Tuesday, February 10, 2009


Very interesting excerpt from James Galbraith’s new book, “The Predator State”, over at Corrente. Does it ring any bells?

In the corporate Republic that presides over the Predator State, nothing is done for the common good. Indeed, the men in charge do not recognize that public purposes exist. For this reason, the concept of competence has no relevance: to be incompetent, you must at least be trying. But the men in charge are not trying; they have friends, and enemies, and as for the rest — we are the prey. Hurricane Katrina illustrated this perfectly….

Predation is the enemy of honest and independent and especially of sustainable business, of businesses that simply want to sell to the public and make a decent living over the long run. In a world where the winners are all connected, it is not only the prey (who by and large carry little political weight) who lose out. It is everyone who has not licked the appropriate boots. Predatory regimes are, more or less exactly, like protection rackets: powerful and feared but neither loved nor respected. They cannot reward everyone, and therefore they do not enjoy a broad political base.*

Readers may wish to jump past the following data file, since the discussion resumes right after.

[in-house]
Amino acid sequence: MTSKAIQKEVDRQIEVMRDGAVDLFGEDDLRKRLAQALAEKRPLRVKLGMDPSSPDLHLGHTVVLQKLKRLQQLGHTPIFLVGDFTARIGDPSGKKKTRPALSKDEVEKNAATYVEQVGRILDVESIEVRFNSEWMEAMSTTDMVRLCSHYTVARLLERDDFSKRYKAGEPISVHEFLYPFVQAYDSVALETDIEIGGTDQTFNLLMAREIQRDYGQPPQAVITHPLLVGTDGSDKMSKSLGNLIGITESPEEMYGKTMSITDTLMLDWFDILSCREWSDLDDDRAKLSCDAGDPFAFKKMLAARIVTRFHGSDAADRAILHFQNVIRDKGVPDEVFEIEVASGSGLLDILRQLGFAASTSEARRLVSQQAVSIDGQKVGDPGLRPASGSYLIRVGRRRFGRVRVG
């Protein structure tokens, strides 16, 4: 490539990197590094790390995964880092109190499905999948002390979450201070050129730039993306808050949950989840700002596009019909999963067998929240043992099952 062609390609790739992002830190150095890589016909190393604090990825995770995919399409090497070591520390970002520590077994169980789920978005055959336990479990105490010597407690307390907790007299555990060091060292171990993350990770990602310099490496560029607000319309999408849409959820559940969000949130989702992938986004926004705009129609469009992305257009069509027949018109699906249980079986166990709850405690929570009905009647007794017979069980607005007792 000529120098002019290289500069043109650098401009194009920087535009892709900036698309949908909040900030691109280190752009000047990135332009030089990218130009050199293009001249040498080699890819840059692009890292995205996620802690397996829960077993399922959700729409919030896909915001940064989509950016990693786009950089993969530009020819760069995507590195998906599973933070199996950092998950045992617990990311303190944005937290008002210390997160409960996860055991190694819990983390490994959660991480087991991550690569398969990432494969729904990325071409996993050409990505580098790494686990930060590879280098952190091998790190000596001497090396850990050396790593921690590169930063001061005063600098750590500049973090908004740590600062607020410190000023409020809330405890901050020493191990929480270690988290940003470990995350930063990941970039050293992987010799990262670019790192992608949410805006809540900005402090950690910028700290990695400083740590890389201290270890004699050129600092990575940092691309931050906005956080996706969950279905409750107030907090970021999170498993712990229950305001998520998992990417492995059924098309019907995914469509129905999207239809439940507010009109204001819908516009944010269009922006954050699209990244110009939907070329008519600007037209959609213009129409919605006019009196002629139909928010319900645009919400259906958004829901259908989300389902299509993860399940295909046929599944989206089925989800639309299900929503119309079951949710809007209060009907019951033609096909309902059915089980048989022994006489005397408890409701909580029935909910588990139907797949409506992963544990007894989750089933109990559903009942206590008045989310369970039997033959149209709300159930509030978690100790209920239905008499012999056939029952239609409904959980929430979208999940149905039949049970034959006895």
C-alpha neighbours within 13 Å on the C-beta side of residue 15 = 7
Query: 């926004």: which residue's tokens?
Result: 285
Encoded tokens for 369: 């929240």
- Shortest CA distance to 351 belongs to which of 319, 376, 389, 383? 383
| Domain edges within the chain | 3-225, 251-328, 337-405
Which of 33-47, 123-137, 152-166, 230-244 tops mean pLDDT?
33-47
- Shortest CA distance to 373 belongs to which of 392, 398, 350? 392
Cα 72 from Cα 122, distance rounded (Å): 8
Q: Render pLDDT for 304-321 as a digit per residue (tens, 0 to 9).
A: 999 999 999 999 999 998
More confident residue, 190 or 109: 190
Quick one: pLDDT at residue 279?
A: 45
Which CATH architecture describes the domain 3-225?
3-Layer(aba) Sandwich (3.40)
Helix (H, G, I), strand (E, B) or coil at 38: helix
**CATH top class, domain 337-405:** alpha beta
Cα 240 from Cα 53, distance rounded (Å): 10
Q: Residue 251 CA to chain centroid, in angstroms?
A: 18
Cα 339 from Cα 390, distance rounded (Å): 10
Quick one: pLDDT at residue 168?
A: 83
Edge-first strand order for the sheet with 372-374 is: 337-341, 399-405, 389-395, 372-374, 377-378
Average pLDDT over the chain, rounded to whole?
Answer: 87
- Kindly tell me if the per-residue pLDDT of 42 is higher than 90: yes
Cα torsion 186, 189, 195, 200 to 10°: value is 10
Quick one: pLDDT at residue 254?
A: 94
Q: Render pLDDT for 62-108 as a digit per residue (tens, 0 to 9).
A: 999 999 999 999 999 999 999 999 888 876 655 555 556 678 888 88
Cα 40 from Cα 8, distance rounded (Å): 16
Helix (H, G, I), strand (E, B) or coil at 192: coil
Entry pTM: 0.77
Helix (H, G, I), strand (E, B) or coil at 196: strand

[T]o tolerate the Predator State is a formula for eventual national economic failure … [Where] the worst polluters, the flagrant monopolists, the technological footdraggers are given control over the system and capital markets reward them, their more progressive counterparts will eventually give up, disappear, or move away. Bad business practices will drive out good. …

And equally, the predators suck the capacity from government and deplete it of the ability to govern. In the short run, again, this looks like incompetence, but this is an illusion. Predators do not mind being thought incompetent; it obscures their actual agenda. Failure [on the scale of Katrina] is not due to incompetence. Rather, it is intended. There is a willful indifference to problems of competence. Inside the government, no one cares. The attention of the people in charge is focused on other goals.

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